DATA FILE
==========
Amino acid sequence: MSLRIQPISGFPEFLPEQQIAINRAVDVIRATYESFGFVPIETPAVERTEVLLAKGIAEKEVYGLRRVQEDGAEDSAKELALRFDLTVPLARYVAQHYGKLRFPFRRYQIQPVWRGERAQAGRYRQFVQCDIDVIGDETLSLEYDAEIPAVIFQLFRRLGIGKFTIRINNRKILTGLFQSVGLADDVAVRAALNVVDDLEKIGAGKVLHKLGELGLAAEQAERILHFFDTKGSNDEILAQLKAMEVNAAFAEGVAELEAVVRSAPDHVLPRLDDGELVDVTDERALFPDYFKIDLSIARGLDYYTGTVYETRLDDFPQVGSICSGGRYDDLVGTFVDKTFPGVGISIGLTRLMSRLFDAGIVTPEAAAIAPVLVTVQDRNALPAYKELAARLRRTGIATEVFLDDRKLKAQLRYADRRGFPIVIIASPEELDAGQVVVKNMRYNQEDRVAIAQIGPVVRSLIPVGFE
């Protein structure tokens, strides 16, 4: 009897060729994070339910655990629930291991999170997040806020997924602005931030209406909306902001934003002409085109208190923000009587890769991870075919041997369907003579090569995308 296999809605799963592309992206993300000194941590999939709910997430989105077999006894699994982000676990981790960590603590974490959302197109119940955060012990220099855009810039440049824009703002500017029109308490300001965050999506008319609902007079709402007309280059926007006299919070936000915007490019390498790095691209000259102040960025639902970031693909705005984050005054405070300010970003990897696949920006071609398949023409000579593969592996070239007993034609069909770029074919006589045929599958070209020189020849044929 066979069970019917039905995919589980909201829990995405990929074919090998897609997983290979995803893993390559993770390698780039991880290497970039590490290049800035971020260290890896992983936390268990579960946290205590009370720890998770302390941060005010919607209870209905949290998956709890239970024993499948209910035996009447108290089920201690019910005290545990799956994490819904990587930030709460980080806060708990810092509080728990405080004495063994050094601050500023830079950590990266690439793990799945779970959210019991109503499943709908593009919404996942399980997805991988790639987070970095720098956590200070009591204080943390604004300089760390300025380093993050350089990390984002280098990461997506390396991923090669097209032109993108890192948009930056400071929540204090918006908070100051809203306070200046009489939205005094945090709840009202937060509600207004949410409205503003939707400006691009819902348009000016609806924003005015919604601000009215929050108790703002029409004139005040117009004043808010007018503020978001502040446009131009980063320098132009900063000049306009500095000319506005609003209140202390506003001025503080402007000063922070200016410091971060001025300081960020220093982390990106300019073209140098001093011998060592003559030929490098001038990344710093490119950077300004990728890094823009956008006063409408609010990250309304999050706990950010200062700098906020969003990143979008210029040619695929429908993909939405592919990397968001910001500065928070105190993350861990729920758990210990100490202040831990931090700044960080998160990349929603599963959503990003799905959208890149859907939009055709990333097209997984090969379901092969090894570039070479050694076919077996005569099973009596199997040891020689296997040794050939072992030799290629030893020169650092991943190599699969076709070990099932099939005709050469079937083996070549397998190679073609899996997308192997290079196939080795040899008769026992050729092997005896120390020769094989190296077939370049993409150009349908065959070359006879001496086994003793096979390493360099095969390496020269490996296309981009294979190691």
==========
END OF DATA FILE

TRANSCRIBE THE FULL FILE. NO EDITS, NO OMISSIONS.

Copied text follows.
Amino acid sequence: MSLRIQPISGFPEFLPEQQIAINRAVDVIRATYESFGFVPIETPAVERTEVLLAKGIAEKEVYGLRRVQEDGAEDSAKELALRFDLTVPLARYVAQHYGKLRFPFRRYQIQPVWRGERAQAGRYRQFVQCDIDVIGDETLSLEYDAEIPAVIFQLFRRLGIGKFTIRINNRKILTGLFQSVGLADDVAVRAALNVVDDLEKIGAGKVLHKLGELGLAAEQAERILHFFDTKGSNDEILAQLKAMEVNAAFAEGVAELEAVVRSAPDHVLPRLDDGELVDVTDERALFPDYFKIDLSIARGLDYYTGTVYETRLDDFPQVGSICSGGRYDDLVGTFVDKTFPGVGISIGLTRLMSRLFDAGIVTPEAAAIAPVLVTVQDRNALPAYKELAARLRRTGIATEVFLDDRKLKAQLRYADRRGFPIVIIASPEELDAGQVVVKNMRYNQEDRVAIAQIGPVVRSLIPVGFE
């Protein structure tokens, strides 16, 4: 009897060729994070339910655990629930291991999170997040806020997924602005931030209406909306902001934003002409085109208190923000009587890769991870075919041997369907003579090569995308 296999809605799963592309992206993300000194941590999939709910997430989105077999006894699994982000676990981790960590603590974490959302197109119940955060012990220099855009810039440049824009703002500017029109308490300001965050999506008319609902007079709402007309280059926007006299919070936000915007490019390498790095691209000259102040960025639902970031693909705005984050005054405070300010970003990897696949920006071609398949023409000579593969592996070239007993034609069909770029074919006589045929599958070209020189020849044929 066979069970019917039905995919589980909201829990995405990929074919090998897609997983290979995803893993390559993770390698780039991880290497970039590490290049800035971020260290890896992983936390268990579960946290205590009370720890998770302390941060005010919607209870209905949290998956709890239970024993499948209910035996009447108290089920201690019910005290545990799956994490819904990587930030709460980080806060708990810092509080728990405080004495063994050094601050500023830079950590990266690439793990799945779970959210019991109503499943709908593009919404996942399980997805991988790639987070970095720098956590200070009591204080943390604004300089760390300025380093993050350089990390984002280098990461997506390396991923090669097209032109993108890192948009930056400071929540204090918006908070100051809203306070200046009489939205005094945090709840009202937060509600207004949410409205503003939707400006691009819902348009000016609806924003005015919604601000009215929050108790703002029409004139005040117009004043808010007018503020978001502040446009131009980063320098132009900063000049306009500095000319506005609003209140202390506003001025503080402007000063922070200016410091971060001025300081960020220093982390990106300019073209140098001093011998060592003559030929490098001038990344710093490119950077300004990728890094823009956008006063409408609010990250309304999050706990950010200062700098906020969003990143979008210029040619695929429908993909939405592919990397968001910001500065928070105190993350861990729920758990210990100490202040831990931090700044960080998160990349929603599963959503990003799905959208890149859907939009055709990333097209997984090969379901092969090894570039070479050694076919077996005569099973009596199997040891020689296997040794050939072992030799290629030893020169650092991943190599699969076709070990099932099939005709050469079937083996070549397998190679073609899996997308192997290079196939080795040899008769026992050729092997005896120390020769094989190296077939370049993409150009349908065959070359006879001496086994003793096979390493360099095969390496020269490996296309981009294979190691």